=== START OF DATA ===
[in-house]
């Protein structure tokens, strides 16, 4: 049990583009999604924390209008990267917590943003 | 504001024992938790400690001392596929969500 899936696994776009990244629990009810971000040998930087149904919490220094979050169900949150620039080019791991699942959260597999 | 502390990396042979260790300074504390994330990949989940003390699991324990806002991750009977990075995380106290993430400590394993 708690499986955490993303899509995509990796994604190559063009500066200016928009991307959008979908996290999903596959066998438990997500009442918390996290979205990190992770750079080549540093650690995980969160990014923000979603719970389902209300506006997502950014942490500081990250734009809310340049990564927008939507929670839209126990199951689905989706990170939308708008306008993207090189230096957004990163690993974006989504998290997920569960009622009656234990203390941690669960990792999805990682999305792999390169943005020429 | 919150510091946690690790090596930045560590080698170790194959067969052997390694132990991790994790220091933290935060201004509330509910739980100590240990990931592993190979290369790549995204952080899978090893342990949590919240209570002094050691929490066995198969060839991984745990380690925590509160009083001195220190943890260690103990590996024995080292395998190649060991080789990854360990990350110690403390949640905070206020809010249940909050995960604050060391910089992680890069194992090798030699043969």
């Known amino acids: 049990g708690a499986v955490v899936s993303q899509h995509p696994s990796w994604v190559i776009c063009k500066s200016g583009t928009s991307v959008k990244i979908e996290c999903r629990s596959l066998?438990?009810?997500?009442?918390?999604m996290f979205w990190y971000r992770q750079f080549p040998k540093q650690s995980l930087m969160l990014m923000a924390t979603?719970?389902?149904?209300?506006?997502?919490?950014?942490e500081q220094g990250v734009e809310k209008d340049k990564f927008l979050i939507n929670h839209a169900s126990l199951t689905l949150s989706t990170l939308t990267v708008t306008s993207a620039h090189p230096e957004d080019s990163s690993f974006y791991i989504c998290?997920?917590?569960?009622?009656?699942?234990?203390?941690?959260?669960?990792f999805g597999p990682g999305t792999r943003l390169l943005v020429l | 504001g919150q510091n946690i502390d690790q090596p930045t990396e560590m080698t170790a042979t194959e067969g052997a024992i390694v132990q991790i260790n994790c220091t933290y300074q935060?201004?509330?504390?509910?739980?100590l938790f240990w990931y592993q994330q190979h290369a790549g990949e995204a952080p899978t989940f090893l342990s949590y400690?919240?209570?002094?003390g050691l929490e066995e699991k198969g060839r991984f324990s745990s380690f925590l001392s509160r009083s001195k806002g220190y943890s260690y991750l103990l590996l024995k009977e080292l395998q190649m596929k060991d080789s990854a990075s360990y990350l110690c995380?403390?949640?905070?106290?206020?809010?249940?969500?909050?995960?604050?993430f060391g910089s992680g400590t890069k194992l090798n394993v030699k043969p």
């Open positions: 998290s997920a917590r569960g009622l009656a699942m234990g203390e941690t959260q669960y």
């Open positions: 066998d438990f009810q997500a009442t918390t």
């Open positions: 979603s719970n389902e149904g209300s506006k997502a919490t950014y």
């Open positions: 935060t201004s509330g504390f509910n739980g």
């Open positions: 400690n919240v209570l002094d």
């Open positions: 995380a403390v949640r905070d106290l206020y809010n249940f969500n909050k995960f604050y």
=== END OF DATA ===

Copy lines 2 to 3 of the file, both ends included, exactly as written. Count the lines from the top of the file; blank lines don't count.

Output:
């Protein structure tokens, strides 16, 4: 049990583009999604924390209008990267917590943003 | 504001024992938790400690001392596929969500 899936696994776009990244629990009810971000040998930087149904919490220094979050169900949150620039080019791991699942959260597999 | 502390990396042979260790300074504390994330990949989940003390699991324990806002991750009977990075995380106290993430400590394993 708690499986955490993303899509995509990796994604190559063009500066200016928009991307959008979908996290999903596959066998438990997500009442918390996290979205990190992770750079080549540093650690995980969160990014923000979603719970389902209300506006997502950014942490500081990250734009809310340049990564927008939507929670839209126990199951689905989706990170939308708008306008993207090189230096957004990163690993974006989504998290997920569960009622009656234990203390941690669960990792999805990682999305792999390169943005020429 | 919150510091946690690790090596930045560590080698170790194959067969052997390694132990991790994790220091933290935060201004509330509910739980100590240990990931592993190979290369790549995204952080899978090893342990949590919240209570002094050691929490066995198969060839991984745990380690925590509160009083001195220190943890260690103990590996024995080292395998190649060991080789990854360990990350110690403390949640905070206020809010249940909050995960604050060391910089992680890069194992090798030699043969």
């Known amino acids: 049990g708690a499986v955490v899936s993303q899509h995509p696994s990796w994604v190559i776009c063009k500066s200016g583009t928009s991307v959008k990244i979908e996290c999903r629990s596959l066998?438990?009810?997500?009442?918390?999604m996290f979205w990190y971000r992770q750079f080549p040998k540093q650690s995980l930087m969160l990014m923000a924390t979603?719970?389902?149904?209300?506006?997502?919490?950014?942490e500081q220094g990250v734009e809310k209008d340049k990564f927008l979050i939507n929670h839209a169900s126990l199951t689905l949150s989706t990170l939308t990267v708008t306008s993207a620039h090189p230096e957004d080019s990163s690993f974006y791991i989504c998290?997920?917590?569960?009622?009656?699942?234990?203390?941690?959260?669960?990792f999805g597999p990682g999305t792999r943003l390169l943005v020429l | 504001g919150q510091n946690i502390d690790q090596p930045t990396e560590m080698t170790a042979t194959e067969g052997a024992i390694v132990q991790i260790n994790c220091t933290y300074q935060?201004?509330?504390?509910?739980?100590l938790f240990w990931y592993q994330q190979h290369a790549g990949e995204a952080p899978t989940f090893l342990s949590y400690?919240?209570?002094?003390g050691l929490e066995e699991k198969g060839r991984f324990s745990s380690f925590l001392s509160r009083s001195k806002g220190y943890s260690y991750l103990l590996l024995k009977e080292l395998q190649m596929k060991d080789s990854a990075s360990y990350l110690c995380?403390?949640?905070?106290?206020?809010?249940?969500?909050?995960?604050?993430f060391g910089s992680g400590t890069k194992l090798n394993v030699k043969p």